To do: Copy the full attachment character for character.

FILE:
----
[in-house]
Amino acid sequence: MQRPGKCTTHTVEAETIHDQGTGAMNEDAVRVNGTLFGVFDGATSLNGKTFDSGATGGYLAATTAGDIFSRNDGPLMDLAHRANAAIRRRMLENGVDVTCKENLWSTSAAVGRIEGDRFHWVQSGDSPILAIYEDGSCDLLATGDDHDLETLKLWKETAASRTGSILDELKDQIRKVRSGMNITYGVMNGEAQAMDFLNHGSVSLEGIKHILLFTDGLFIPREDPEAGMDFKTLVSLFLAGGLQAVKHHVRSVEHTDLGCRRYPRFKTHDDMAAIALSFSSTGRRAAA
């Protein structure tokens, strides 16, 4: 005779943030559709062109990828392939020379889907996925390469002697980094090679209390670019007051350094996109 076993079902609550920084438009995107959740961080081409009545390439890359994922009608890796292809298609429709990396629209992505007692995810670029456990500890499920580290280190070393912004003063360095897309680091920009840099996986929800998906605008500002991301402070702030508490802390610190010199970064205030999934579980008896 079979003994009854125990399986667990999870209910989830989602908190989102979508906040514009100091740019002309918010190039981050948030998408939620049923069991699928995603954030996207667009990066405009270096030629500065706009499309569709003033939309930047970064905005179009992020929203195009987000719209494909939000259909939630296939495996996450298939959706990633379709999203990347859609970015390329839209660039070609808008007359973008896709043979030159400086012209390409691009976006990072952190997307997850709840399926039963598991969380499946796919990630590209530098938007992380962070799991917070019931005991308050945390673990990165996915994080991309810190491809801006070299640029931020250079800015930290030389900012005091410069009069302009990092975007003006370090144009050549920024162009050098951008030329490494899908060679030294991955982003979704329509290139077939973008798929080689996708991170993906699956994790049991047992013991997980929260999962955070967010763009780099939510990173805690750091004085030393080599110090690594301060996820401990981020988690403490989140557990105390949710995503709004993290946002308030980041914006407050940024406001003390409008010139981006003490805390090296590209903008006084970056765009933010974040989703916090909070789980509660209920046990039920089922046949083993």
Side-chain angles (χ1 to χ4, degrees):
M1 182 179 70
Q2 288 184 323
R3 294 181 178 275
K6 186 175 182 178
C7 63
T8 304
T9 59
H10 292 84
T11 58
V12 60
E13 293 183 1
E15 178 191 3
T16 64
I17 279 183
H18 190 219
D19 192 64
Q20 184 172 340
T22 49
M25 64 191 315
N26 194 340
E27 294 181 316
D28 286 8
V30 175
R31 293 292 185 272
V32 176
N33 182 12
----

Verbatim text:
[in-house]
Amino acid sequence: MQRPGKCTTHTVEAETIHDQGTGAMNEDAVRVNGTLFGVFDGATSLNGKTFDSGATGGYLAATTAGDIFSRNDGPLMDLAHRANAAIRRRMLENGVDVTCKENLWSTSAAVGRIEGDRFHWVQSGDSPILAIYEDGSCDLLATGDDHDLETLKLWKETAASRTGSILDELKDQIRKVRSGMNITYGVMNGEAQAMDFLNHGSVSLEGIKHILLFTDGLFIPREDPEAGMDFKTLVSLFLAGGLQAVKHHVRSVEHTDLGCRRYPRFKTHDDMAAIALSFSSTGRRAAA
């Protein structure tokens, strides 16, 4: 005779943030559709062109990828392939020379889907996925390469002697980094090679209390670019007051350094996109 076993079902609550920084438009995107959740961080081409009545390439890359994922009608890796292809298609429709990396629209992505007692995810670029456990500890499920580290280190070393912004003063360095897309680091920009840099996986929800998906605008500002991301402070702030508490802390610190010199970064205030999934579980008896 079979003994009854125990399986667990999870209910989830989602908190989102979508906040514009100091740019002309918010190039981050948030998408939620049923069991699928995603954030996207667009990066405009270096030629500065706009499309569709003033939309930047970064905005179009992020929203195009987000719209494909939000259909939630296939495996996450298939959706990633379709999203990347859609970015390329839209660039070609808008007359973008896709043979030159400086012209390409691009976006990072952190997307997850709840399926039963598991969380499946796919990630590209530098938007992380962070799991917070019931005991308050945390673990990165996915994080991309810190491809801006070299640029931020250079800015930290030389900012005091410069009069302009990092975007003006370090144009050549920024162009050098951008030329490494899908060679030294991955982003979704329509290139077939973008798929080689996708991170993906699956994790049991047992013991997980929260999962955070967010763009780099939510990173805690750091004085030393080599110090690594301060996820401990981020988690403490989140557990105390949710995503709004993290946002308030980041914006407050940024406001003390409008010139981006003490805390090296590209903008006084970056765009933010974040989703916090909070789980509660209920046990039920089922046949083993």
Side-chain angles (χ1 to χ4, degrees):
M1 182 179 70
Q2 288 184 323
R3 294 181 178 275
K6 186 175 182 178
C7 63
T8 304
T9 59
H10 292 84
T11 58
V12 60
E13 293 183 1
E15 178 191 3
T16 64
I17 279 183
H18 190 219
D19 192 64
Q20 184 172 340
T22 49
M25 64 191 315
N26 194 340
E27 294 181 316
D28 286 8
V30 175
R31 293 292 185 272
V32 176
N33 182 12